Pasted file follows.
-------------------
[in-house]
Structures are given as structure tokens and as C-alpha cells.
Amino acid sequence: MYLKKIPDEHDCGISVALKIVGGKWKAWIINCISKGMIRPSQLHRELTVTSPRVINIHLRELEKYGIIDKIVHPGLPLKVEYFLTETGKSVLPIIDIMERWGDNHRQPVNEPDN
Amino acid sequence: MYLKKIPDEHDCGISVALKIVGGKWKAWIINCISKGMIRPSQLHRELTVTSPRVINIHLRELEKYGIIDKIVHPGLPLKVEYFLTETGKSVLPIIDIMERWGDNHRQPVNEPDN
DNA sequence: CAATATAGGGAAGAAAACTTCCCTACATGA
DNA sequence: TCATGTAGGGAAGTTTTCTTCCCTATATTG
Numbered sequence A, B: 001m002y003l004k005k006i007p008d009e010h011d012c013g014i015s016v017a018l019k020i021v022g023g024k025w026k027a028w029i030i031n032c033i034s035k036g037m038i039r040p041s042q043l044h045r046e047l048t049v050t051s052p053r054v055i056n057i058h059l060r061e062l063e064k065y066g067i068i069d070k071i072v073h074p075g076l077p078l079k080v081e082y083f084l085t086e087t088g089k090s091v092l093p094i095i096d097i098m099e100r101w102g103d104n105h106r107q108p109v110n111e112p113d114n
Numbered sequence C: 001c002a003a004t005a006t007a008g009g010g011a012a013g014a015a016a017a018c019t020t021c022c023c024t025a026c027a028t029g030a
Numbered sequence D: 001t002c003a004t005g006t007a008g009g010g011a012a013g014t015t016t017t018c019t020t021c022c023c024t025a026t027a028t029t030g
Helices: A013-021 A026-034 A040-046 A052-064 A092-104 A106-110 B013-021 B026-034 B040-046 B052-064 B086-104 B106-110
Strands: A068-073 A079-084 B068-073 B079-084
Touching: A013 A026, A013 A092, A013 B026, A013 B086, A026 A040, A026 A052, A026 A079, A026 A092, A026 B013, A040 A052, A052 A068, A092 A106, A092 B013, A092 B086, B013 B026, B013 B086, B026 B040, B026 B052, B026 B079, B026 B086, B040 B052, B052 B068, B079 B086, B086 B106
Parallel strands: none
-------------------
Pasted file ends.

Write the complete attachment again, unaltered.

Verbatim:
[in-house]
Structures are given as structure tokens and as C-alpha cells.
Amino acid sequence: MYLKKIPDEHDCGISVALKIVGGKWKAWIINCISKGMIRPSQLHRELTVTSPRVINIHLRELEKYGIIDKIVHPGLPLKVEYFLTETGKSVLPIIDIMERWGDNHRQPVNEPDN
Amino acid sequence: MYLKKIPDEHDCGISVALKIVGGKWKAWIINCISKGMIRPSQLHRELTVTSPRVINIHLRELEKYGIIDKIVHPGLPLKVEYFLTETGKSVLPIIDIMERWGDNHRQPVNEPDN
DNA sequence: CAATATAGGGAAGAAAACTTCCCTACATGA
DNA sequence: TCATGTAGGGAAGTTTTCTTCCCTATATTG
Numbered sequence A, B: 001m002y003l004k005k006i007p008d009e010h011d012c013g014i015s016v017a018l019k020i021v022g023g024k025w026k027a028w029i030i031n032c033i034s035k036g037m038i039r040p041s042q043l044h045r046e047l048t049v050t051s052p053r054v055i056n057i058h059l060r061e062l063e064k065y066g067i068i069d070k071i072v073h074p075g076l077p078l079k080v081e082y083f084l085t086e087t088g089k090s091v092l093p094i095i096d097i098m099e100r101w102g103d104n105h106r107q108p109v110n111e112p113d114n
Numbered sequence C: 001c002a003a004t005a006t007a008g009g010g011a012a013g014a015a016a017a018c019t020t021c022c023c024t025a026c027a028t029g030a
Numbered sequence D: 001t002c003a004t005g006t007a008g009g010g011a012a013g014t015t016t017t018c019t020t021c022c023c024t025a026t027a028t029t030g
Helices: A013-021 A026-034 A040-046 A052-064 A092-104 A106-110 B013-021 B026-034 B040-046 B052-064 B086-104 B106-110
Strands: A068-073 A079-084 B068-073 B079-084
Touching: A013 A026, A013 A092, A013 B026, A013 B086, A026 A040, A026 A052, A026 A079, A026 A092, A026 B013, A040 A052, A052 A068, A092 A106, A092 B013, A092 B086, B013 B026, B013 B086, B026 B040, B026 B052, B026 B079, B026 B086, B040 B052, B052 B068, B079 B086, B086 B106
Parallel strands: none